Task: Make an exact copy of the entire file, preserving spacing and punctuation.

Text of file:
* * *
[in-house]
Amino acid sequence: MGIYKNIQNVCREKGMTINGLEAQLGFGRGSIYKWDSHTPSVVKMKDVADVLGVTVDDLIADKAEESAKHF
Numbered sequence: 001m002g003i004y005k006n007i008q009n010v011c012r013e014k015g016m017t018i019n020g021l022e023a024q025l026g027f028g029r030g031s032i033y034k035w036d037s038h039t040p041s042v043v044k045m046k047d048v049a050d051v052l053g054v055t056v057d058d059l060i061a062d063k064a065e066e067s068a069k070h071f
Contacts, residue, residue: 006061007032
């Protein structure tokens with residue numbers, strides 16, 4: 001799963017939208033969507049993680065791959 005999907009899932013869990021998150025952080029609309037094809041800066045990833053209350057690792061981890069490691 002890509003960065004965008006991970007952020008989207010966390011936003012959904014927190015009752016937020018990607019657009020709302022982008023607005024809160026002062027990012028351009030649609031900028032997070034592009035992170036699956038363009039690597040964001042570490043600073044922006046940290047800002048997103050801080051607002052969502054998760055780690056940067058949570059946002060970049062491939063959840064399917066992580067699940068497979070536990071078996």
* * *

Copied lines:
[in-house]
Amino acid sequence: MGIYKNIQNVCREKGMTINGLEAQLGFGRGSIYKWDSHTPSVVKMKDVADVLGVTVDDLIADKAEESAKHF
Numbered sequence: 001m002g003i004y005k006n007i008q009n010v011c012r013e014k015g016m017t018i019n020g021l022e023a024q025l026g027f028g029r030g031s032i033y034k035w036d037s038h039t040p041s042v043v044k045m046k047d048v049a050d051v052l053g054v055t056v057d058d059l060i061a062d063k064a065e066e067s068a069k070h071f
Contacts, residue, residue: 006061007032
């Protein structure tokens with residue numbers, strides 16, 4: 001799963017939208033969507049993680065791959 005999907009899932013869990021998150025952080029609309037094809041800066045990833053209350057690792061981890069490691 002890509003960065004965008006991970007952020008989207010966390011936003012959904014927190015009752016937020018990607019657009020709302022982008023607005024809160026002062027990012028351009030649609031900028032997070034592009035992170036699956038363009039690597040964001042570490043600073044922006046940290047800002048997103050801080051607002052969502054998760055780690056940067058949570059946002060970049062491939063959840064399917066992580067699940068497979070536990071078996």